July 9, 2011 § Leave a Comment
“Where were you when I laid the earth’s foundation…while the morning stars sang together and all the sons of God shouted for joy?” Job 38:4,7
These are the verses that open Terrence Malick’s newest film, The Tree of Life, and I thought it fitting to open my reflection on the film with these same verses. These verses are but a small fragment of God’s response to Job when Job inquires as to why he, a righteous man, is suffering. This is the same question that Malick, through his characters, is posing as The Tree of Life hurtles along its unconventional, disjointed narrative. These spiritual questions coupled with the fractured narrative allow Malick to reach a place where he seems to make some conclusions about the nature of God and the world we inhabit and illuminate these conclusions as only a director with the touch of Malick could do.
The main focus of the film is Jack, whose older iteration (Sean Penn) is experiencing somewhat of a crisis in his life as he works in the big city, surrounded by glass and mortar, a sharp contrast from his childhood days in suburban Waco, Texas. This crisis seems to have been set off by the memory of his younger brother who died earlier in life, the circumstances of which Malick never makes clear. The film flits back and forth in Jack’s memory, occasionally dipping into dream states, as he relives the days of his youth in Texas. We see the younger Jack being born and growing up, eventually reaching a kind of stasis around age 12 or 13, where he is played splendidly by Hunter McCracken. The majority of the film takes place at this time, as Jack struggles to become a man, misunderstood and confused by his father (Brad Pitt) and shown grace and faith from his mother (Jessica Chastain).
What sets the film off is the memory of Jack’s brother and his death, a monumental event in the family’s history, one that leaves Jack’s mother devastated. In this state she asks many questions of God, which lead into the film’s most challenging section as Malick shows us the foundations of the world being laid which directly hearkens back to the film’s opening verses. It is in the background of this magnificent visual and aural display that we must ask ourselves where the suffering of this one family comes into play in the universe. Why does or should God care, if, in fact, there is a God? And if He does care, who are we to ask Him questions when He set in motion the entire universe in all its glory and splendor? But we do ask questions, and we continue to struggle with death and suffering, and Malick struggles along with us.
There is a key scene midway through the film as the family attends church and the priest is giving a sermon about the book of Job, telling the people that suffering will come to them in this life because God doesn’t necessarily protect us from hardship. I saw the film twice and I’m still not sure if his words ring hollow at the sorrow we’ve witnessed or if they make perfect sense compared with the glory we saw at the beginning of the universe. I think Malick wants to make us aware of the suffering so we can see the glory after we have passed through the storm. His films all contain some element of this, whether it is the graphic battles of The Thin Red Line juxtaposed with peaceful sunsets and forest creatures or the raging fire of Days of Heaven combined with the majestic fields of grain. If there was no glory, then suffering wouldn’t matter and without the certainty of things being ravaged and claimed by death the glory might not shine as brightly as it does. Or perhaps it is the hope that one day the glory we see will be allowed to go unchecked by death and suffering that drives Malick’s reluctant, mournful acceptance of suffering in this present time.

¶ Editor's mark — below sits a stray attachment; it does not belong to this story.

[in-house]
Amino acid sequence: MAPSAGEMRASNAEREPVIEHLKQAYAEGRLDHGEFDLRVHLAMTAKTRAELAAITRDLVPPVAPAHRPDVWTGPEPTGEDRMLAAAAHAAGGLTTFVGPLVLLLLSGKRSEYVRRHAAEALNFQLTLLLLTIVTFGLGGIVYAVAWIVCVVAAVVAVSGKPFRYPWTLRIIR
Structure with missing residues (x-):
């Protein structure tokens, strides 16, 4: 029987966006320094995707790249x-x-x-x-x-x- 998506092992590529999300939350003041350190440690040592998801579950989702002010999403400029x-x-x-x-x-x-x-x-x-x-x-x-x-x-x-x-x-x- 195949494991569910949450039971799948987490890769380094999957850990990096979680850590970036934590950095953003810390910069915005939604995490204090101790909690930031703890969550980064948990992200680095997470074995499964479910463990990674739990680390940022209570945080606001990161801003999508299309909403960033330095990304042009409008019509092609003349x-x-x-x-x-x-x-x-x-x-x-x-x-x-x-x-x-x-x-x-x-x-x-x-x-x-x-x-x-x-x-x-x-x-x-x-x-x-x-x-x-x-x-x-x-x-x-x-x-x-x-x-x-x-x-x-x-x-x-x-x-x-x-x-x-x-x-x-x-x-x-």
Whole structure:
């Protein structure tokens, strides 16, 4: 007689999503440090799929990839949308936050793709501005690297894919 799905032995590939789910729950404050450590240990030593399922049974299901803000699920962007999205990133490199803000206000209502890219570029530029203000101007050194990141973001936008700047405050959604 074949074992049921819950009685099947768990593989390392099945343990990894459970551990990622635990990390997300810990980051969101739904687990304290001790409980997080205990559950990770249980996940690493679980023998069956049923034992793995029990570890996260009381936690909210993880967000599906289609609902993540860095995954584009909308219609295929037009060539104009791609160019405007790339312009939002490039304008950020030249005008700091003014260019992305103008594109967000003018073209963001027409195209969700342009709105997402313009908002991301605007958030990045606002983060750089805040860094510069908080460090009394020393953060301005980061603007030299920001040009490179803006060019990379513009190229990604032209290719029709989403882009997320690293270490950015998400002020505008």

One balm for this sorrow, at least in the film, is the presence of memory to bring us back to the happy and sorrowful times of our past. The majority of the film is seen through Jack’s memory, detailing important events in his childhood, skipping from moment to moment with no seeming order or narrative. For some this may be a distraction, but this is exactly what memory is; it is fragments strewn across our minds, something we have very little actual control over, as we remember the good and the bad with equal alacrity. In the specific memories that Malick exploits in the film, many of them probably his own, there is a certain sense of universality, at least in the emotions drawn out by the events. Many times I was surprised as I was caught by a wave of emotion brought on by a specific scene that had no direct correlation to any time in my past but I recognized the emotion that it brought forth.
Memory and the emotions associated with it seem to help older Jack arrive at some peace as the film comes to a close. With a typical Malick deftness, Jack has begun to reconcile the way of the world and the harsh competition of his father and nature with the way of grace and love shown by his mother and also through the glory of nature. The closing shots of the film can only reinforce this thought, but I would not want to spoil them for anyone. Malick certainly knows how to close his films.
So where does suffering and memory leave us in terms of God? Who is God? What is He like? It seems that Malick is content to leave us with more questions than answers when it comes to determining the nature of God. There are moments that leave us astounded at their beauty, and Jack’s mother is clearly a model of living in grace and love that is favored by Malick, as he has shown us in other films. Suffering is something that does not undermine God, but just seems to be part and parcel of the world and nature. In Malick’s world there is both glory and death, pleasure and pain, beauty and ugliness; it’s up to us to love and show grace as we search for the glory.